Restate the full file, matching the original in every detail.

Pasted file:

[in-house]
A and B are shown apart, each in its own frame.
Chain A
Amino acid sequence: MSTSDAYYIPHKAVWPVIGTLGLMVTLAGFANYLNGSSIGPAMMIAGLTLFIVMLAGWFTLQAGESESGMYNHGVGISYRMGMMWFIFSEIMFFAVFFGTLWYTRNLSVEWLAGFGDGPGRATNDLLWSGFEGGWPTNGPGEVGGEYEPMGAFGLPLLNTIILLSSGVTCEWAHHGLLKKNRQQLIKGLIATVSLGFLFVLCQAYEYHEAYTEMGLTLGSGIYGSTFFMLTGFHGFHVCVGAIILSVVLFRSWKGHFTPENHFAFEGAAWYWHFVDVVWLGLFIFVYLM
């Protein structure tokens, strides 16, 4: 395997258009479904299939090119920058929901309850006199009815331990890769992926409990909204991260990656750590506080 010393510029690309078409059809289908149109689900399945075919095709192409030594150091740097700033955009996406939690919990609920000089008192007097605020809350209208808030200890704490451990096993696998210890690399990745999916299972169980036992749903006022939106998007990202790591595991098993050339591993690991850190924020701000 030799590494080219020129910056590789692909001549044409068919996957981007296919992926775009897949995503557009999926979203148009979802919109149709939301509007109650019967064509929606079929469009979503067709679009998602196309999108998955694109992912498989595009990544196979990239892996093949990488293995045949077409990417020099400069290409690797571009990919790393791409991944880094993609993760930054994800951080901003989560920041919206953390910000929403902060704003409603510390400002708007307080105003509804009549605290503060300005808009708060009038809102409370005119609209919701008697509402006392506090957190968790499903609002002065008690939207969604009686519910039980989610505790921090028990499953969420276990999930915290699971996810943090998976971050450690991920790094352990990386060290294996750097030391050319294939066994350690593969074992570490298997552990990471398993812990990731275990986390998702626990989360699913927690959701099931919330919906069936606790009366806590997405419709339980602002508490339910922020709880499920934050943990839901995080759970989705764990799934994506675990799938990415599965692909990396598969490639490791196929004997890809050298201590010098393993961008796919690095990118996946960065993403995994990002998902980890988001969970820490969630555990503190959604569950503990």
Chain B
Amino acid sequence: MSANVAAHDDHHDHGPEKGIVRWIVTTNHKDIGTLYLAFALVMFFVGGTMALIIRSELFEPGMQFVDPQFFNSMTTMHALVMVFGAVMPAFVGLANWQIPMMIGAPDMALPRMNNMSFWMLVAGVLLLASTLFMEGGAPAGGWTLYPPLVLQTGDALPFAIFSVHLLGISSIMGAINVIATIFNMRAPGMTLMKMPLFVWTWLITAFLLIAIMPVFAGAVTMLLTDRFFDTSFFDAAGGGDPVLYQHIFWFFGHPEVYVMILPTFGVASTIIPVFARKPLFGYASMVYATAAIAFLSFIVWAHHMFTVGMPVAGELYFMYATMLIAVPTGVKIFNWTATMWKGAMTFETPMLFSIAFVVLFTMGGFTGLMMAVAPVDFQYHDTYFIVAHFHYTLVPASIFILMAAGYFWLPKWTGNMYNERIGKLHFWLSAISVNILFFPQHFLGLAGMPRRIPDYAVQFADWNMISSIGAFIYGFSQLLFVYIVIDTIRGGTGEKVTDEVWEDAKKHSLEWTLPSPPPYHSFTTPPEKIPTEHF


[in-house]
A and B are shown apart, each in its own frame.
Chain A
Amino acid sequence: MSTSDAYYIPHKAVWPVIGTLGLMVTLAGFANYLNGSSIGPAMMIAGLTLFIVMLAGWFTLQAGESESGMYNHGVGISYRMGMMWFIFSEIMFFAVFFGTLWYTRNLSVEWLAGFGDGPGRATNDLLWSGFEGGWPTNGPGEVGGEYEPMGAFGLPLLNTIILLSSGVTCEWAHHGLLKKNRQQLIKGLIATVSLGFLFVLCQAYEYHEAYTEMGLTLGSGIYGSTFFMLTGFHGFHVCVGAIILSVVLFRSWKGHFTPENHFAFEGAAWYWHFVDVVWLGLFIFVYLM
């Protein structure tokens, strides 16, 4: 395997258009479904299939090119920058929901309850006199009815331990890769992926409990909204991260990656750590506080 010393510029690309078409059809289908149109689900399945075919095709192409030594150091740097700033955009996406939690919990609920000089008192007097605020809350209208808030200890704490451990096993696998210890690399990745999916299972169980036992749903006022939106998007990202790591595991098993050339591993690991850190924020701000 030799590494080219020129910056590789692909001549044409068919996957981007296919992926775009897949995503557009999926979203148009979802919109149709939301509007109650019967064509929606079929469009979503067709679009998602196309999108998955694109992912498989595009990544196979990239892996093949990488293995045949077409990417020099400069290409690797571009990919790393791409991944880094993609993760930054994800951080901003989560920041919206953390910000929403902060704003409603510390400002708007307080105003509804009549605290503060300005808009708060009038809102409370005119609209919701008697509402006392506090957190968790499903609002002065008690939207969604009686519910039980989610505790921090028990499953969420276990999930915290699971996810943090998976971050450690991920790094352990990386060290294996750097030391050319294939066994350690593969074992570490298997552990990471398993812990990731275990986390998702626990989360699913927690959701099931919330919906069936606790009366806590997405419709339980602002508490339910922020709880499920934050943990839901995080759970989705764990799934994506675990799938990415599965692909990396598969490639490791196929004997890809050298201590010098393993961008796919690095990118996946960065993403995994990002998902980890988001969970820490969630555990503190959604569950503990």
Chain B
Amino acid sequence: MSANVAAHDDHHDHGPEKGIVRWIVTTNHKDIGTLYLAFALVMFFVGGTMALIIRSELFEPGMQFVDPQFFNSMTTMHALVMVFGAVMPAFVGLANWQIPMMIGAPDMALPRMNNMSFWMLVAGVLLLASTLFMEGGAPAGGWTLYPPLVLQTGDALPFAIFSVHLLGISSIMGAINVIATIFNMRAPGMTLMKMPLFVWTWLITAFLLIAIMPVFAGAVTMLLTDRFFDTSFFDAAGGGDPVLYQHIFWFFGHPEVYVMILPTFGVASTIIPVFARKPLFGYASMVYATAAIAFLSFIVWAHHMFTVGMPVAGELYFMYATMLIAVPTGVKIFNWTATMWKGAMTFETPMLFSIAFVVLFTMGGFTGLMMAVAPVDFQYHDTYFIVAHFHYTLVPASIFILMAAGYFWLPKWTGNMYNERIGKLHFWLSAISVNILFFPQHFLGLAGMPRRIPDYAVQFADWNMISSIGAFIYGFSQLLFVYIVIDTIRGGTGEKVTDEVWEDAKKHSLEWTLPSPPPYHSFTTPPEKIPTEHF